Mick hoped that his mentioning Hank didn’t anger his brother.  He tried to be as casual about it as he could.  Tom looked thoughtful and didn’t reprimand his younger brother, so Mick continued.  “Anyway, that’s about it.  Then you came home.  Marty’s been pretty helpful an’ all, but I still wonder when he’s gonna move on.”

Tom was thinking about what he just heard and how it confirmed his suspicions.  Marty had been snooping around and must have found Hank’s body behind Midnight’s stall.  Damn it! Tom cursed silently in his mind.  Instead of showing his aggravation, he decided to play off of Mick’s thought.  “Yeah, I think we might wanna tell ’im to hit the road.  Y’ know he called Billy an’ told ’im we been abusin’ our animals?” Tom lied.  “That’s why I’s askin’ if ’e was actin’ suspicious.  He musta called the sheriff’s office while pretendin’ t’ do the dishes.”

Mick’s eyes widened, and Tom could see a flash of anger in his expression.  “How dare he say that?!  ’Specially after all we done for ’im?” he replied loudly, obviously upset at what he was just told.  Tom managed to keep a straight, honest face, showing a little anger, not too much—just enough to let Mick know that he was ticked off as well.

“Now, Mick, calm down.  What we gotta do is tell Paddy what Marty’s gone and done, trying to sully our reputation.  No damage done.  I told Billy we’d put up a drifter an’ maybe I’d misjudged him, so Bill just wrote Marty off as a loon.  While you and Paddy are out sprayin’, I’ll send our ‘guest’ on his way.”  After telling Mick the plan, the younger brother nodded in agreement, obviously believing Tom’s lies fully.  “Don’t let nothin’ show, though, and don’t tell Paddy nothin’ until I’ve taken Marty inside to say goodbye.  If he is crazy, we don’t wanna alarm him.”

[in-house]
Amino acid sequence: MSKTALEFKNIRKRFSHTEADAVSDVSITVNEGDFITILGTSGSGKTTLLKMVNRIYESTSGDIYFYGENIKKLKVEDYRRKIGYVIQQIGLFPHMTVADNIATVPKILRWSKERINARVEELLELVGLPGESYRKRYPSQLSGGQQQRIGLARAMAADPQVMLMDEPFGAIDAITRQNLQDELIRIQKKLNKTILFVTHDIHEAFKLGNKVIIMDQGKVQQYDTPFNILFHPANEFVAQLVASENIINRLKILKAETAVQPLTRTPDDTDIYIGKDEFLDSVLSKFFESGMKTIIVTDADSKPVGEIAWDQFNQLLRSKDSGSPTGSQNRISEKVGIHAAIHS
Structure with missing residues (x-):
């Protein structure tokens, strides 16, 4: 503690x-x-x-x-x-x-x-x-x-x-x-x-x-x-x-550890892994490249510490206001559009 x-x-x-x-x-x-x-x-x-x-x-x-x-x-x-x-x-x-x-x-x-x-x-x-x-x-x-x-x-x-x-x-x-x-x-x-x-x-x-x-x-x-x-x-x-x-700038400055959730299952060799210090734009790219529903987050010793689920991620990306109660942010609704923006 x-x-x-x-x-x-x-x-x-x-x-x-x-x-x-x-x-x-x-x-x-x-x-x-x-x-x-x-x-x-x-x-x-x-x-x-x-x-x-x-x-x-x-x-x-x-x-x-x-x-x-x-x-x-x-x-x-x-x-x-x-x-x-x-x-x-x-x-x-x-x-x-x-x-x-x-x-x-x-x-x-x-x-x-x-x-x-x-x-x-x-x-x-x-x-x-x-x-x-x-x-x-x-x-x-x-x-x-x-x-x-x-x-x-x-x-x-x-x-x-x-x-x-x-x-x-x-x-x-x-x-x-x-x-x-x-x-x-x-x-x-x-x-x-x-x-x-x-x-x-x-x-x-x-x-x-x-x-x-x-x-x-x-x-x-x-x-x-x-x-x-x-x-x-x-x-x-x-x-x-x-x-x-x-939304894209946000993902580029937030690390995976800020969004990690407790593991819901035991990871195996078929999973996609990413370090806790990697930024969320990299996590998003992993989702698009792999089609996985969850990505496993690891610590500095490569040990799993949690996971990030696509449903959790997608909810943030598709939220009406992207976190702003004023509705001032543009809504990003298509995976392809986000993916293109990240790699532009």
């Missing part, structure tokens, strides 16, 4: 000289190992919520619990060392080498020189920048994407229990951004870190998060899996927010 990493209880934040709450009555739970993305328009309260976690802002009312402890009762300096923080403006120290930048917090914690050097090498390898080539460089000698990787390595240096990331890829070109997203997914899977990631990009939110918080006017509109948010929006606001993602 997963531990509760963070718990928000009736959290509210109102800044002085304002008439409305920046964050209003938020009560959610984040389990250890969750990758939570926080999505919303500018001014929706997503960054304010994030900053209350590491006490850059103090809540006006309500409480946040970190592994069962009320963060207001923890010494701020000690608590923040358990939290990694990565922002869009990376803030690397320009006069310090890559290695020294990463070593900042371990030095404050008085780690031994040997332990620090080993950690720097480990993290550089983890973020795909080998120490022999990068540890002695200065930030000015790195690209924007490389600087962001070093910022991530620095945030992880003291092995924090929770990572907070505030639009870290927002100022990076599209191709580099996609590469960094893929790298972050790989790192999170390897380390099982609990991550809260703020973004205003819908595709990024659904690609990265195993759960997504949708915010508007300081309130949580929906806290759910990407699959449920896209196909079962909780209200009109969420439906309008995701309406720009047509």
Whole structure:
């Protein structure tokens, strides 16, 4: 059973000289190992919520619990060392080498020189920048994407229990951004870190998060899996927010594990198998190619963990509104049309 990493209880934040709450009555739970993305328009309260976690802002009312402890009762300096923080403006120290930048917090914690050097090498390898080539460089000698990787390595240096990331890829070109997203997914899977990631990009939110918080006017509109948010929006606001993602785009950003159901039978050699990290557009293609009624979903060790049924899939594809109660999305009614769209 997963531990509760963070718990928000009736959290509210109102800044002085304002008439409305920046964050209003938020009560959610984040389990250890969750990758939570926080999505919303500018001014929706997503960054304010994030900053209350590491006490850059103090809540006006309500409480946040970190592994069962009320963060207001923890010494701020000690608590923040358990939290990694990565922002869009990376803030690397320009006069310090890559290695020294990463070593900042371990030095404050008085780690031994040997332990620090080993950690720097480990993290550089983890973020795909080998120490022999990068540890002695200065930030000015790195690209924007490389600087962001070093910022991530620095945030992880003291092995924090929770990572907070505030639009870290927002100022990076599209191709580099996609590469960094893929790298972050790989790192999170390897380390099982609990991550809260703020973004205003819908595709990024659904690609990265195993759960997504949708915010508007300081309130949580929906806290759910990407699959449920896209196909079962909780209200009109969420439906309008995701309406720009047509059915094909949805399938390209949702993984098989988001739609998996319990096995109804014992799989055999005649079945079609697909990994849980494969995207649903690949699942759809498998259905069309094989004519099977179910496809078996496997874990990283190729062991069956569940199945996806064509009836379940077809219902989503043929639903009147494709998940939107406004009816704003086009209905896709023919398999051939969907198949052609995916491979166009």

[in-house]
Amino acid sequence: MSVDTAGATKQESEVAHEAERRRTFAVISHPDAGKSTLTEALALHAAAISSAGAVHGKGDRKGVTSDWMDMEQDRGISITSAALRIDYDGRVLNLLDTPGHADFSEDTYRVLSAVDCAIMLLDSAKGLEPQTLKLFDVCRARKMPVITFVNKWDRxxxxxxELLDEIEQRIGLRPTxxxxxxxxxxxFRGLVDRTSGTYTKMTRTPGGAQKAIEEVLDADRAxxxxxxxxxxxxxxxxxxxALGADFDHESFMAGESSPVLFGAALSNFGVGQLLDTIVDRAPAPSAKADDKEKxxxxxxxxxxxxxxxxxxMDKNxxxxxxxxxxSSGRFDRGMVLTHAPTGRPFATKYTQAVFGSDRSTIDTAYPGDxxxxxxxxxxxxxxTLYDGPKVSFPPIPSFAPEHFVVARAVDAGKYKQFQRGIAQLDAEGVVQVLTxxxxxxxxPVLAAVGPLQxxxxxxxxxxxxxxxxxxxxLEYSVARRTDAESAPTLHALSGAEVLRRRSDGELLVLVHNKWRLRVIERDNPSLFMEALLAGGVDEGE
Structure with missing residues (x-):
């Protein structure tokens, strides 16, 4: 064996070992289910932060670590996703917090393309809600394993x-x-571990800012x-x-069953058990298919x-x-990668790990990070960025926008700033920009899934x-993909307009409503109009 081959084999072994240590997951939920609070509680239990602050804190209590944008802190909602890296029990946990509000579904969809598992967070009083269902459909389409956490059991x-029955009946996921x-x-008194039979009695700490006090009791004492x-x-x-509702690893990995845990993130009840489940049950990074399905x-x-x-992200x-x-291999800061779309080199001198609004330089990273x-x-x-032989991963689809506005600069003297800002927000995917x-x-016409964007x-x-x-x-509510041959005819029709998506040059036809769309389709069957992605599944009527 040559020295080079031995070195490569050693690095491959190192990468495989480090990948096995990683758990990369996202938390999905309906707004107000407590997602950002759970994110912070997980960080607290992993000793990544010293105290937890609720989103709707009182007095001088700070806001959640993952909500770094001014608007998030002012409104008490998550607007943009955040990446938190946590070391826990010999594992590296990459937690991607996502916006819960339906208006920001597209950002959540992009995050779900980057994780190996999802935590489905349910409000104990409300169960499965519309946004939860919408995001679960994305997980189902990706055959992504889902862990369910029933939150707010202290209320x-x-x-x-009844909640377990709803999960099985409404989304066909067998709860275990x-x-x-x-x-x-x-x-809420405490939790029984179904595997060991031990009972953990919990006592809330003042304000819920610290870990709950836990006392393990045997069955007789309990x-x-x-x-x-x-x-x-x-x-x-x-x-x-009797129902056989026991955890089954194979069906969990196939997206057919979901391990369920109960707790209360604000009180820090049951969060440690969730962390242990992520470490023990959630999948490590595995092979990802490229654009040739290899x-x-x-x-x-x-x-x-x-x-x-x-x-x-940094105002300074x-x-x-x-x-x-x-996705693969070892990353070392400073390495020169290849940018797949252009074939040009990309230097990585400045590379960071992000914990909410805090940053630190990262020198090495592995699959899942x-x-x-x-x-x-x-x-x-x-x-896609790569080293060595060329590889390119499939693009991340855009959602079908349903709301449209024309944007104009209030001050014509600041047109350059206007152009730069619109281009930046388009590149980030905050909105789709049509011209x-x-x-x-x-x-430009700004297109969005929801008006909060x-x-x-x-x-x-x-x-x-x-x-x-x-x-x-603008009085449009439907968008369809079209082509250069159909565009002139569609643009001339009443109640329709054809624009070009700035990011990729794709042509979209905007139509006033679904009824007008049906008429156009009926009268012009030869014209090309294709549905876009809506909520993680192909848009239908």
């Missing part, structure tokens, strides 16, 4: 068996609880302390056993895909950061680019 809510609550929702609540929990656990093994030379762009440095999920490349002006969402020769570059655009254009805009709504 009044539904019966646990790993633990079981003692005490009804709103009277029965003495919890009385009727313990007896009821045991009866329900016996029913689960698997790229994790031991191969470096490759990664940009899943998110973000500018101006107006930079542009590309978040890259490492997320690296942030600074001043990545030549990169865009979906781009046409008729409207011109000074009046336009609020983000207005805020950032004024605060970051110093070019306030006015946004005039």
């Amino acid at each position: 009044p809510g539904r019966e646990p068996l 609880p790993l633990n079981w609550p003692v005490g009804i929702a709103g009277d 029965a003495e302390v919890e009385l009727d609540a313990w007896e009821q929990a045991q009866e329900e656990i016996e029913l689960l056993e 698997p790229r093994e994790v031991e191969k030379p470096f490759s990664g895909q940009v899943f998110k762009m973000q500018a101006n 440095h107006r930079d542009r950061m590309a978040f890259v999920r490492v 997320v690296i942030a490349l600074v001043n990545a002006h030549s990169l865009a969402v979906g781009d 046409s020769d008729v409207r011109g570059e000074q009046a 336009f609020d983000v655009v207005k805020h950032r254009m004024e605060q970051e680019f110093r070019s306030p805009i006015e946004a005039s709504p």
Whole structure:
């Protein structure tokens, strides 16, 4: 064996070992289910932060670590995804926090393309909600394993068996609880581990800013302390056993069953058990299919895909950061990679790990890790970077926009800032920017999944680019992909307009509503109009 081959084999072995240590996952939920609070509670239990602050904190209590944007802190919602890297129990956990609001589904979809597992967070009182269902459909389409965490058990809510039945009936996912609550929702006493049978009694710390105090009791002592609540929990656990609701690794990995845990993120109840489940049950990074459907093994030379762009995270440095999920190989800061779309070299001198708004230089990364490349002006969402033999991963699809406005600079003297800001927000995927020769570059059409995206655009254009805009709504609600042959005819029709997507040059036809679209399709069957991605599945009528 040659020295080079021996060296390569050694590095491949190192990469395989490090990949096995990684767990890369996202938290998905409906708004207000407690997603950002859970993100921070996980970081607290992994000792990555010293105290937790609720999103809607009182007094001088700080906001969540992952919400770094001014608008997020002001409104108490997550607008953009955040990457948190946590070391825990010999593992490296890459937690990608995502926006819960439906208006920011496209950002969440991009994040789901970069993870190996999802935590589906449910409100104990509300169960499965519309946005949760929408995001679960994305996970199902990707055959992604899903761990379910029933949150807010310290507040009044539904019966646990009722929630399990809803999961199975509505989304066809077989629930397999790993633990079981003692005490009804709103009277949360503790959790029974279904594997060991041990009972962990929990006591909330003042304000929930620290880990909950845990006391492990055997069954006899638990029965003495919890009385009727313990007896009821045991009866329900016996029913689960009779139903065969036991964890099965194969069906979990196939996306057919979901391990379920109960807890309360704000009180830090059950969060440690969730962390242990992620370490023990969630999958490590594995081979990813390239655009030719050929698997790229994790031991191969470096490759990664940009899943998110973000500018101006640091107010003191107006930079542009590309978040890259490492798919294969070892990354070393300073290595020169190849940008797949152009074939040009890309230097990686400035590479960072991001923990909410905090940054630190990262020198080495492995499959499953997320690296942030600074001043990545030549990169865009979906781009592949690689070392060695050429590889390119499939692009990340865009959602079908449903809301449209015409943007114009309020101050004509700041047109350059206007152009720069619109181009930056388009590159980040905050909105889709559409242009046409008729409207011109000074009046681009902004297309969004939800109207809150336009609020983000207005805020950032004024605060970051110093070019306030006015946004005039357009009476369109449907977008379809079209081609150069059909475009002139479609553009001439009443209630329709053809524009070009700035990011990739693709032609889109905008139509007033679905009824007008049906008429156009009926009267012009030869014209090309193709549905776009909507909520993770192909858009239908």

Mick could still barely believe it after all they had done, being hospitable to a complete stranger.  It made him have a new respect for Tom though.  His older brother seemed to be a bit suspicious all day about the drifter, and yet he and Paddy really didn’t do anything but welcome him.  The plan sounded fine to Mick, considering he felt this “Marty” had already overstayed his welcome.

Tom and Mick made their way back to the field, finding Sam and Paddy in what looked like a heated discussion.  Neither Sam nor Paddy said anything more as the two older brothers approached, the third Mulhill getting up from his crouched position and Sam looking in pure shock when he saw Tom.  “Paddy, I want you an’ Mick t’ start sprayin’ the fields.  I’m gonna go in an’ make some calls to the neighbors to warn ’em about their crops possibly gettin’ infested too,” Tom announced.

“Sure thing, Boss,” Paddy responded.  “What about Marty?  He can’t be out here pullin’ weeds if we’re a-sprayin’.”